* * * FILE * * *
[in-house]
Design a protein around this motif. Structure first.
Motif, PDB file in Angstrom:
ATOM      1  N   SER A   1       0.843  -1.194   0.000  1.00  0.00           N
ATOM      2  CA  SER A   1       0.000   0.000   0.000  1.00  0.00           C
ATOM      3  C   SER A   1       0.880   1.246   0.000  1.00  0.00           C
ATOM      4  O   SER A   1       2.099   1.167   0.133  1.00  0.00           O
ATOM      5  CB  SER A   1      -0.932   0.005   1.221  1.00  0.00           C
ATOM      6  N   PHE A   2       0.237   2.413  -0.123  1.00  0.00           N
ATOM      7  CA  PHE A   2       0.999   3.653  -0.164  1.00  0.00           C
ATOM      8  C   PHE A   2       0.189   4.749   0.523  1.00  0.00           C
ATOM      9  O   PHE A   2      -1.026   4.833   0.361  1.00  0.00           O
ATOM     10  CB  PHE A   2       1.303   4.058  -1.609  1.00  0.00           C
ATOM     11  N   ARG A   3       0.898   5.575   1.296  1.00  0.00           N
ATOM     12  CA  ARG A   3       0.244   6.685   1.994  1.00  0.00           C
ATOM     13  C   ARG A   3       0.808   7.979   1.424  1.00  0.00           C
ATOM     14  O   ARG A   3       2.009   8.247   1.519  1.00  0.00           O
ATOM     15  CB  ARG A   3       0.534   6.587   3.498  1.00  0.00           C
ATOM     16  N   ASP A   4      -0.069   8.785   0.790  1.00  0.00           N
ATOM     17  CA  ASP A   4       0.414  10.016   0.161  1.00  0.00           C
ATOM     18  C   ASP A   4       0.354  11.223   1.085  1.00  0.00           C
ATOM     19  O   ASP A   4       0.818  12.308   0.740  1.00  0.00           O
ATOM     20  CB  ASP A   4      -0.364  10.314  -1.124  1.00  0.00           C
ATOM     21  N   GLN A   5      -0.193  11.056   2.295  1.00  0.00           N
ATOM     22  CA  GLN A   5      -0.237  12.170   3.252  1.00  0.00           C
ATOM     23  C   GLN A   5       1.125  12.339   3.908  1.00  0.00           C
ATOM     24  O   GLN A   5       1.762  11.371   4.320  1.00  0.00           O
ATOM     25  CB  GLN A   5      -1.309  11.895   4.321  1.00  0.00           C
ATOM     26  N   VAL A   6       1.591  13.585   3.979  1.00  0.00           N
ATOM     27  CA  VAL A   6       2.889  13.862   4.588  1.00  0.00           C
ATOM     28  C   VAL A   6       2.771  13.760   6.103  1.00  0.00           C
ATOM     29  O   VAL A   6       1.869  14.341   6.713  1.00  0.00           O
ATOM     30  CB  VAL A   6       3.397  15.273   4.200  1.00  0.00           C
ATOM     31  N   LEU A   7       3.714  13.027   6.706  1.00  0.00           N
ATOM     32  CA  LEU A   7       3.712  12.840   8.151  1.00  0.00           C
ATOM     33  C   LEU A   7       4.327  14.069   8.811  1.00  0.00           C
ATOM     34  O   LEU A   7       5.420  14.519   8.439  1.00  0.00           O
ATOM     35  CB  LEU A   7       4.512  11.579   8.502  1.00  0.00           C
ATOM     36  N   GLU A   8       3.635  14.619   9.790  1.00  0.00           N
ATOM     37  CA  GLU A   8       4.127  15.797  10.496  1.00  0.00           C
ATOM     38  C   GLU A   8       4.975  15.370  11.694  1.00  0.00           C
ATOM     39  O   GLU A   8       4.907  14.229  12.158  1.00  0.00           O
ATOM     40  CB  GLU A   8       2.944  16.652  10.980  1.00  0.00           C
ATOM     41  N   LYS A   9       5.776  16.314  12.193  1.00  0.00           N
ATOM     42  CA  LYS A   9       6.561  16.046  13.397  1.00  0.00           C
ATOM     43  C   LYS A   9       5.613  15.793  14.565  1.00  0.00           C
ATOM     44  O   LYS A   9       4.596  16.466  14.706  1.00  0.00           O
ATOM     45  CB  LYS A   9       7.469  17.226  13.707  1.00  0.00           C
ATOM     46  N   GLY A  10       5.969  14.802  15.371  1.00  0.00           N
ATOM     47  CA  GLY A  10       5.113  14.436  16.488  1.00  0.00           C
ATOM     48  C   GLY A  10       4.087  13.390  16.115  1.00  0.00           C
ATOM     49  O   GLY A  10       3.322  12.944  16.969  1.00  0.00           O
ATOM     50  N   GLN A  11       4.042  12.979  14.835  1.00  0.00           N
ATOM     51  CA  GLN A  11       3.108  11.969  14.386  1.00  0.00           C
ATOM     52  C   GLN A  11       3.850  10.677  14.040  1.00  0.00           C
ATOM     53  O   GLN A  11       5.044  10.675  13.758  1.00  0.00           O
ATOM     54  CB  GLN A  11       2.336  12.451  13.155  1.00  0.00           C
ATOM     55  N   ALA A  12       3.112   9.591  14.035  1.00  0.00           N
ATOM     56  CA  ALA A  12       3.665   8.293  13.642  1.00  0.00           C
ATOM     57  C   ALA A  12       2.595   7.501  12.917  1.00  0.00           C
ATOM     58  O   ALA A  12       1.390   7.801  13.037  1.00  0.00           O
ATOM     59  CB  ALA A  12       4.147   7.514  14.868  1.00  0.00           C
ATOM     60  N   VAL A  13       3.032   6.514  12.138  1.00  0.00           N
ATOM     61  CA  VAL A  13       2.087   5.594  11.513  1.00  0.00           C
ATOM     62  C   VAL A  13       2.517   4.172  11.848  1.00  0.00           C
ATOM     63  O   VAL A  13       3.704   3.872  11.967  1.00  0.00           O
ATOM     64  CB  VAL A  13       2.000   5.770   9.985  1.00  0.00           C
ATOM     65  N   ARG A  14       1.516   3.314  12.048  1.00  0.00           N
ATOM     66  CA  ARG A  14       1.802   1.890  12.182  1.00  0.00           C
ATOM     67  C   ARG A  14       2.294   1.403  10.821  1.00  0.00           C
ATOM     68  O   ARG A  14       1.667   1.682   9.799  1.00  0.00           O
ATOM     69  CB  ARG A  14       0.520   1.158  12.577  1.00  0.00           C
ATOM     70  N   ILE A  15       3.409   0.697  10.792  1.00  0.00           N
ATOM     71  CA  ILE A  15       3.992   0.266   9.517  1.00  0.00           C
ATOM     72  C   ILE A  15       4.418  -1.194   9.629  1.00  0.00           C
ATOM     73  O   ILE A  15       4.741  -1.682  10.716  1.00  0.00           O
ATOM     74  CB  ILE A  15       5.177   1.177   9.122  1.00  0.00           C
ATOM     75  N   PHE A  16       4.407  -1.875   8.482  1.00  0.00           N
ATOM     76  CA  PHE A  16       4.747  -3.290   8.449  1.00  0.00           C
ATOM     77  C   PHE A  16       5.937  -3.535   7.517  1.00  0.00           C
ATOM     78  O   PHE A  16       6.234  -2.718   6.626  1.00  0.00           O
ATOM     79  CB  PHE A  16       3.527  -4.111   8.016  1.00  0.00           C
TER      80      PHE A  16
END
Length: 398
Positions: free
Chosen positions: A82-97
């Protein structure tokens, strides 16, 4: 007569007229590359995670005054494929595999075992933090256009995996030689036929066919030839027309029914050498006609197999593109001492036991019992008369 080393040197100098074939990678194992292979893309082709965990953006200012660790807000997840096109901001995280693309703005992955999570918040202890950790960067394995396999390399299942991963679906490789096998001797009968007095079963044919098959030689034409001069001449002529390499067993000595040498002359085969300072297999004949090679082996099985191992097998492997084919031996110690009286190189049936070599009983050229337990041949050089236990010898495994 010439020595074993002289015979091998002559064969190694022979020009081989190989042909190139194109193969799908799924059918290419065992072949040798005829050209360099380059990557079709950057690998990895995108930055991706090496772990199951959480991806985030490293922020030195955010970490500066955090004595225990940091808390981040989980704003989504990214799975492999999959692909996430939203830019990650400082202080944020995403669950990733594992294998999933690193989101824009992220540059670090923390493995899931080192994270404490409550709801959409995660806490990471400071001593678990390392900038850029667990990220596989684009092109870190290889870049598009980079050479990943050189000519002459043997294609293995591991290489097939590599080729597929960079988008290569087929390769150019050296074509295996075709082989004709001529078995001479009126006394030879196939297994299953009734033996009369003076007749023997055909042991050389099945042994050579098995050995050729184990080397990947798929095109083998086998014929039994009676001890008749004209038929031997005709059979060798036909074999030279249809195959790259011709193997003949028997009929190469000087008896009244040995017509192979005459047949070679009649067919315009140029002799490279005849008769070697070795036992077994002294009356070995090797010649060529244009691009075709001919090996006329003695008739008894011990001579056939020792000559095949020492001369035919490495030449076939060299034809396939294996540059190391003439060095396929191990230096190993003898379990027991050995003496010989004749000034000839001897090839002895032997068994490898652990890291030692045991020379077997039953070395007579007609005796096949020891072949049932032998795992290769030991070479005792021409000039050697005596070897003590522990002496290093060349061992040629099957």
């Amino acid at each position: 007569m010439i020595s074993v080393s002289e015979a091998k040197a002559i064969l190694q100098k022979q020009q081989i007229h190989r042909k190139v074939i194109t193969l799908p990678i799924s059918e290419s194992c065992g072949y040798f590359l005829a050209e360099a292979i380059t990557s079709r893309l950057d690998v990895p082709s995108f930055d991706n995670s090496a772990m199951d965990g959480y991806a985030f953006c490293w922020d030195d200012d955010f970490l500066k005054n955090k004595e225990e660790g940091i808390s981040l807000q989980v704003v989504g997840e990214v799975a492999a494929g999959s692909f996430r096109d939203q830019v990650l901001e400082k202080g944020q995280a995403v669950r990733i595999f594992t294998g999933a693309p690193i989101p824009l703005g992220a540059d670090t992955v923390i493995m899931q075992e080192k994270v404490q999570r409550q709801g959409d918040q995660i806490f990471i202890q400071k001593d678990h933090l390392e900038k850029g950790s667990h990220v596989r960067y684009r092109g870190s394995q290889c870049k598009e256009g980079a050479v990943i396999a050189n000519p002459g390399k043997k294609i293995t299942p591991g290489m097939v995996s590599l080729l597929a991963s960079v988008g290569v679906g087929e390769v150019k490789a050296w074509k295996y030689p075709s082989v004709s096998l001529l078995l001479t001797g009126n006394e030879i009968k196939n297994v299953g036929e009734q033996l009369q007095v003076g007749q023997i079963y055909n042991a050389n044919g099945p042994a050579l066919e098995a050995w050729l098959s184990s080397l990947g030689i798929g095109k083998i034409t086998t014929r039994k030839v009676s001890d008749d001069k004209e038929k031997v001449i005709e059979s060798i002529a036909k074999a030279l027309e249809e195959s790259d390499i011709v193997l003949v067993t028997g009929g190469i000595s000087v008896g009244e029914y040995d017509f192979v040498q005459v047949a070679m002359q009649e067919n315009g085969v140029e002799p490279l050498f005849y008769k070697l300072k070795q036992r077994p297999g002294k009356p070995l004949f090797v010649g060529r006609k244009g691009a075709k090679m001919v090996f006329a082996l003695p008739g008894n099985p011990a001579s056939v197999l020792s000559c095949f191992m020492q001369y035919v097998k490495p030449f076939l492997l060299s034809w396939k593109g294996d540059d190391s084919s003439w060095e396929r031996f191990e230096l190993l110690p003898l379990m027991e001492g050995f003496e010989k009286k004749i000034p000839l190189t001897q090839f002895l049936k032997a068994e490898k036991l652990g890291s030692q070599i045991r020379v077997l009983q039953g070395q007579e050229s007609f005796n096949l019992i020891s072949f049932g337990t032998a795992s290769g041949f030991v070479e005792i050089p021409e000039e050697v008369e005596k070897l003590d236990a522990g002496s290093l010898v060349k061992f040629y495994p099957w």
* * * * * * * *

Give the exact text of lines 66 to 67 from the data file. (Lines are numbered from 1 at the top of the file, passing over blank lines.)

ATOM     63  O   VAL A  13       3.704   3.872  11.967  1.00  0.00           O
ATOM     64  CB  VAL A  13       2.000   5.770   9.985  1.00  0.00           C